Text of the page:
Many advisors and partners, both in the U.S. and internationally, consulted on this exhibit including the Indianapolis Hangzhou Sister Cities Committee, The Confucius Institute, the Indiana Association of Chinese Americans, Lilly Chinese Culture Network, The America China Society of Indiana, and The Indianapolis Chinese Community Center, Inc. In addition to these organizations, more than 10,000 Chinese and Chinese Americans call Indianapolis home, and some will be serving as gallery volunteers, performers, and language and calligraphy teachers during Take Me There: China’s run.

Take Me There: China is made possible by lead gifts from Lilly Endowment, Inc., Eli Lilly and Company Foundation, The Lilly Family, Mrs. Yvonne Shaheen, Sarah and John Lechleiter, the U.S. Institute for Museum and Library Services, Jane and Steve Marmon, Susan and Jim Naus, and Polly Hix.


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SUNDAY, APRIL 13, 2014 •

Celebration China: A Magnificent Evening

A Black Tie Gala Celebrating the Opening of Terra Cotta Warriors and Take Me There: China Friday, May 9 6:30–11 p.m. The Children’s Museum of Indianapolis # 4)2'62!37/)0 1% $7.)273.$673" 32.$0.0 # *&$7)0) /-$0$7) # ,-.&)7.$/ $!!)20$+) /-".-23" )(5)2$)7/)

Tickets on sale now 317-334-3211

donate.childrensmuseum.org/2014-china-gala

Presented by

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Panda” “Panda” “P splay Display Dis

Bedroom

2 Marketplace

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Ancestor Room

Kitchen/ Dining Living Room

Great Grandmother's Home

Environment

Grandparents' Home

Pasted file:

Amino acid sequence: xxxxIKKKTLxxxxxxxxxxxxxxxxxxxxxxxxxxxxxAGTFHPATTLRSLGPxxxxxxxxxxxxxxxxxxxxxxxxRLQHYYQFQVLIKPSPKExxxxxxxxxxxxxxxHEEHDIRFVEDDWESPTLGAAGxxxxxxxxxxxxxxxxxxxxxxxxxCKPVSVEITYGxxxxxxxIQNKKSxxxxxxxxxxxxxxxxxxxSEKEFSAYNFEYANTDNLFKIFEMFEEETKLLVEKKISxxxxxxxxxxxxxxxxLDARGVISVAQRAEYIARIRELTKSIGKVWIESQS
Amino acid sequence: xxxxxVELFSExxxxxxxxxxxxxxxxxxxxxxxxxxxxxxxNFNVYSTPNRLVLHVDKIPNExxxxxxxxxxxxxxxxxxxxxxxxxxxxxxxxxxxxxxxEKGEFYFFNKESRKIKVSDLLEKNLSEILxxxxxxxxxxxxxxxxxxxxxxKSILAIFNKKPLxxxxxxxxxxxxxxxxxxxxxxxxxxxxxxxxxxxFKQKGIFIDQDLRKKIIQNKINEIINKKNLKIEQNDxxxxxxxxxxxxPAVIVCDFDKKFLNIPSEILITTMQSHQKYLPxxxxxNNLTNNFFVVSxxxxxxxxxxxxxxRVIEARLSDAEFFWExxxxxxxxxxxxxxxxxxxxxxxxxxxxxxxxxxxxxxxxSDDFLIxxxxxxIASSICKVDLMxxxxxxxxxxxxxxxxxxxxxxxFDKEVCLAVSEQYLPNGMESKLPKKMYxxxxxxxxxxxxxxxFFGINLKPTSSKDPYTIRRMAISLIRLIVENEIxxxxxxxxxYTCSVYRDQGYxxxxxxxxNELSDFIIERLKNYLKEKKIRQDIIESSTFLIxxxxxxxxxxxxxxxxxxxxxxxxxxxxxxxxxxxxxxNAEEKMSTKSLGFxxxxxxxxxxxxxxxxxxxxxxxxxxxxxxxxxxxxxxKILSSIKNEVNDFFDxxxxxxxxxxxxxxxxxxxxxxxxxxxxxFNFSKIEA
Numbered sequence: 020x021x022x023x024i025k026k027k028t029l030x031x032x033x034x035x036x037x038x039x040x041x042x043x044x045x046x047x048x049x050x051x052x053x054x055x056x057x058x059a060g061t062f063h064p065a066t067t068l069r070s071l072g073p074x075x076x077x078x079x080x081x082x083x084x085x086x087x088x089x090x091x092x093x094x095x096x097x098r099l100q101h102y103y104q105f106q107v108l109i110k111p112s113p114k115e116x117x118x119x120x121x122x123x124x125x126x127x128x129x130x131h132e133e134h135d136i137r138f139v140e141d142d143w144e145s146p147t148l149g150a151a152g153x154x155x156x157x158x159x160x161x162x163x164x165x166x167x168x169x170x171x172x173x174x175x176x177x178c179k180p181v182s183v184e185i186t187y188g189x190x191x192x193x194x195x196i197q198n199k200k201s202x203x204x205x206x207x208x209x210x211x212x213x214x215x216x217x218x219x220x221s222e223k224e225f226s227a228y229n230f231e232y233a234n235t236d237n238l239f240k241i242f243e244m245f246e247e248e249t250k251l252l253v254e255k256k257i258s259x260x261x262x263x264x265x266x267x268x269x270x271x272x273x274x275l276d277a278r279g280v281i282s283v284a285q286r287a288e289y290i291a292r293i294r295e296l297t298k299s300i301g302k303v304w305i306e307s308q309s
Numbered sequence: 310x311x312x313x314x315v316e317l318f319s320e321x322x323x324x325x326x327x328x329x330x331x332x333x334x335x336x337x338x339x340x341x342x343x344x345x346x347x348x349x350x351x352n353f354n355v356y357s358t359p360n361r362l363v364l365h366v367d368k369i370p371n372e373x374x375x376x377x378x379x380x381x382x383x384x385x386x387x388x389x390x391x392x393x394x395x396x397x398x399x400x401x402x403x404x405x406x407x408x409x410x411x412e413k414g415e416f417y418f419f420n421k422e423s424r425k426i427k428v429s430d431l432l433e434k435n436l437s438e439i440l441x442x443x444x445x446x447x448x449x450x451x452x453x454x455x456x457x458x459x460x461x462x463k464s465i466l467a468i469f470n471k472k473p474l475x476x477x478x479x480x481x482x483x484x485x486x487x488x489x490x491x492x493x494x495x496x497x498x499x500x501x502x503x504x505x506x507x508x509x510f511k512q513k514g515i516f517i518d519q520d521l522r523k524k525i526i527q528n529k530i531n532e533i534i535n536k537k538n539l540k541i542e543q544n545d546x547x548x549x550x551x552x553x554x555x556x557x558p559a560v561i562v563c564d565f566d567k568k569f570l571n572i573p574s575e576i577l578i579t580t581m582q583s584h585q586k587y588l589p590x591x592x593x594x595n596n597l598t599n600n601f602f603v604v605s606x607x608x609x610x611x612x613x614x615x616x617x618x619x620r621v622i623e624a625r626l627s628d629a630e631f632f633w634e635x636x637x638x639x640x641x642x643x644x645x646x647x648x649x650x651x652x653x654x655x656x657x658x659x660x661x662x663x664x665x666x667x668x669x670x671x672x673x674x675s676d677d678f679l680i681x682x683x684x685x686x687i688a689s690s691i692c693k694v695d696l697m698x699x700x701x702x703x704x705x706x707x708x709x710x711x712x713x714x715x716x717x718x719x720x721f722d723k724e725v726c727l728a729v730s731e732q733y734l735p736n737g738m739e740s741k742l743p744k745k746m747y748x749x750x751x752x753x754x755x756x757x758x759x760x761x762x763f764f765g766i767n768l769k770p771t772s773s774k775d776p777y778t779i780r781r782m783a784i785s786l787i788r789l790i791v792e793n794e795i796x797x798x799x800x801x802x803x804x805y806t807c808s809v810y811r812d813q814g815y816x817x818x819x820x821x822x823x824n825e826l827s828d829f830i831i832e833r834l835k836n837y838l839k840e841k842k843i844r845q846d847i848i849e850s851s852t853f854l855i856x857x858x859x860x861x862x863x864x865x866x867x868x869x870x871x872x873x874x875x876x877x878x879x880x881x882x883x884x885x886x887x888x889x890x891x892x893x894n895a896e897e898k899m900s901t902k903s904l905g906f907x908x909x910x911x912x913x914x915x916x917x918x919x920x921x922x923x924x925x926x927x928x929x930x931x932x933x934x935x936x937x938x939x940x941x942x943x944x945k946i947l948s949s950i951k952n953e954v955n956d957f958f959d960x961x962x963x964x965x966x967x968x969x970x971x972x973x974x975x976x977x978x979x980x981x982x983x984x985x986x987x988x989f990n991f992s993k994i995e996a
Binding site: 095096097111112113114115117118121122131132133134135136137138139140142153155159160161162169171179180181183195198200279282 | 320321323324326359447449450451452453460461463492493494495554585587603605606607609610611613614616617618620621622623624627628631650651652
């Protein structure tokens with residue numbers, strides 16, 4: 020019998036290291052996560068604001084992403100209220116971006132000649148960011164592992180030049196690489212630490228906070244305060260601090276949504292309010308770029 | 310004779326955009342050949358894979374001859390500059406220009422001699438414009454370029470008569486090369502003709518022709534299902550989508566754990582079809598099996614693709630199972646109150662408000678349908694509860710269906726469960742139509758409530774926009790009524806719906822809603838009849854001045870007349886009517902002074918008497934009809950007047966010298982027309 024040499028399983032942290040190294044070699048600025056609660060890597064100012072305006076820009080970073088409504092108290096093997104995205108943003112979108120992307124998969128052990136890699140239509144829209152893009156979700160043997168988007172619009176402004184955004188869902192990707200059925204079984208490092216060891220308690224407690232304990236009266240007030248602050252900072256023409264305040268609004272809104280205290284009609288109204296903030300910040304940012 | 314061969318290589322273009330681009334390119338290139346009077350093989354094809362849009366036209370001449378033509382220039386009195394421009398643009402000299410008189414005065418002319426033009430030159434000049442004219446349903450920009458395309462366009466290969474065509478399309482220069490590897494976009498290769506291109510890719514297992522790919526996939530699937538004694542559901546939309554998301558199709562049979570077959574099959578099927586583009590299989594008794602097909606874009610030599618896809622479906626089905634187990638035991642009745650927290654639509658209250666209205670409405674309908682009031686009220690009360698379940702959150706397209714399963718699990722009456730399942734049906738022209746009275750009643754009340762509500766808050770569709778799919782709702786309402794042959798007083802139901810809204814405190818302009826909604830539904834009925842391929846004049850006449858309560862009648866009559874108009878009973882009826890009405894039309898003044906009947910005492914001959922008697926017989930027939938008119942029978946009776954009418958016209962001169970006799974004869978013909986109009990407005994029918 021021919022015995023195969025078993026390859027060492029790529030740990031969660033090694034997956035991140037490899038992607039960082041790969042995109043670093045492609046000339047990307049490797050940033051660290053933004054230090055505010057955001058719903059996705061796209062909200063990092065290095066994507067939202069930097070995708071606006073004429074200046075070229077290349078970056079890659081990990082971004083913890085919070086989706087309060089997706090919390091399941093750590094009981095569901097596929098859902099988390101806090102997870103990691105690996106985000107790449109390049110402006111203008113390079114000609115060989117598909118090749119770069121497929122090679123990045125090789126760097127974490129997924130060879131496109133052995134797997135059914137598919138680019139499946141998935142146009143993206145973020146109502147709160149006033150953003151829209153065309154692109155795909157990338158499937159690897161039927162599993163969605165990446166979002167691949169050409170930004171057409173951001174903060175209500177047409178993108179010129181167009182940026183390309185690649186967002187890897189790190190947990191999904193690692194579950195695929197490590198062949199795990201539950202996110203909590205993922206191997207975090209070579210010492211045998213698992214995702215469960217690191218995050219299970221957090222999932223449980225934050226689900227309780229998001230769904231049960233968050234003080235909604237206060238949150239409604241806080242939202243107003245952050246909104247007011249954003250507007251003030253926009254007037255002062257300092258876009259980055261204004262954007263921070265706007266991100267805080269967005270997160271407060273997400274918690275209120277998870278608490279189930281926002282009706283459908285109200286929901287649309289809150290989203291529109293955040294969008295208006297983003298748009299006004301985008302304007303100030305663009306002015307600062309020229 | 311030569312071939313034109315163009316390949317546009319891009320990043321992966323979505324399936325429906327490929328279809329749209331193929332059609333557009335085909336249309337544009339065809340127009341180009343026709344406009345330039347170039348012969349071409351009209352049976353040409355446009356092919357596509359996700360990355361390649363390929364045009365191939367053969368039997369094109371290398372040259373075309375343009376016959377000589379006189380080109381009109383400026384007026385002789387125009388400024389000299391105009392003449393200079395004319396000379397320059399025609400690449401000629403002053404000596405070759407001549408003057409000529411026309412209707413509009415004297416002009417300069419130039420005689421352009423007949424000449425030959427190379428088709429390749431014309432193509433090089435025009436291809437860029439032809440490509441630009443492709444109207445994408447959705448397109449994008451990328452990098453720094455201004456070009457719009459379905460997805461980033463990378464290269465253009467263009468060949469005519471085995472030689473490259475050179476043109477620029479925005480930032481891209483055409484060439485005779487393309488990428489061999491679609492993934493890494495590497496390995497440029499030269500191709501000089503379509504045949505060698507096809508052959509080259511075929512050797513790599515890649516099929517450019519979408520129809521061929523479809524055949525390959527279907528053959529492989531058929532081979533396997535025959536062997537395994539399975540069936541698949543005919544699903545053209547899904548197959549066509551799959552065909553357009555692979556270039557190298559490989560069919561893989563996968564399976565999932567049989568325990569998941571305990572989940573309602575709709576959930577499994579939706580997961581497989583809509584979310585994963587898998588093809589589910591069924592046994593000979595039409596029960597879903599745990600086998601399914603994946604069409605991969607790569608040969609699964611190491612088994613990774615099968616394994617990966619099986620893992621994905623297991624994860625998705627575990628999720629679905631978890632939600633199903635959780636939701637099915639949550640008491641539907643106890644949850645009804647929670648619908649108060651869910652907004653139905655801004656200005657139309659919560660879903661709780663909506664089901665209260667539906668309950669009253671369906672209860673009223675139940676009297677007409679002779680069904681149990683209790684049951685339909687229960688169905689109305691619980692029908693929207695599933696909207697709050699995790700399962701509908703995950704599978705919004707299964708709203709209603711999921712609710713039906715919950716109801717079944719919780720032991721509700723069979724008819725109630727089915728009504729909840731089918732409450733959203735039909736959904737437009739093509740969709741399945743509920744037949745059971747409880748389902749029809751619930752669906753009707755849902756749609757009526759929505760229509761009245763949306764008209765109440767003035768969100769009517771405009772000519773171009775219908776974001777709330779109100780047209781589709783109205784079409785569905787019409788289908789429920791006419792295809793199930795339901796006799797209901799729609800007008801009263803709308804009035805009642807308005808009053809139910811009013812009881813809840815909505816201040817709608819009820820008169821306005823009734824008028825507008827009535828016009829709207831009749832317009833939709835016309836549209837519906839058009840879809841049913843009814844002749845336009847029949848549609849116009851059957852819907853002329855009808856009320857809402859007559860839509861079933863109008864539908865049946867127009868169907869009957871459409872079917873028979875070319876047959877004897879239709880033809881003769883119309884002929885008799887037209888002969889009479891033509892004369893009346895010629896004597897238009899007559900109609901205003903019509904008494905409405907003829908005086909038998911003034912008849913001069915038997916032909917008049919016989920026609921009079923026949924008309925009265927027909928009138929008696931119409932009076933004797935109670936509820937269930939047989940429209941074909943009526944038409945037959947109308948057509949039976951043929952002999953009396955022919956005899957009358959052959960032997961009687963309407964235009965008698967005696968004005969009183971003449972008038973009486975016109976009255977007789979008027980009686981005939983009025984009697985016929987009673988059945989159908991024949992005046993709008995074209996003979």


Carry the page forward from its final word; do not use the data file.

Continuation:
“Panda” Display

Living Spaces

Caliligraphy Shop

Giant Panda Research Base

Jackie's Home e

Living Room

Restaurant Rest Play Res Traditional Medicine Tra Shop

Jackie's ackie's Room

Beijing Airport

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Shaolin Sh Temple Te

4

People's Park

Opera House Op

5

Airplane Entry Tea House

Inside the Exhibit!


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SUNDAY, APRIL 13, 2014 •

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In the Marketplace, families and children can learn about traditional Chinese foods and products.

Meet four generations of the Wang family including 11-year-old Jackie and his parents, grandparents, and great-grandmother. See re-creations of their homes. Explore the Chengdu Research Base of Giant Panda Breeding. Learn how to care for pandas and practice “feeding” toy baby pandas.

Experience the traditional Chinese Opera House and be dazzled by authentic opera costumes.

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Visit the Tea House and pretend to pour tea. Explore related artifacts including authentic pots, paintings, and carvings.

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Take a break in People’s Park and try your hand at playing authentic traditional Chinese drums.

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Ties between Indiana and China Growing

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hina is 7,000 miles from Indiana and yet it’s closer than ever. From educational and business programs to cultural organizations and communities, Indiana is rapidly expanding its ties to and relationships with China.

Educational Exchange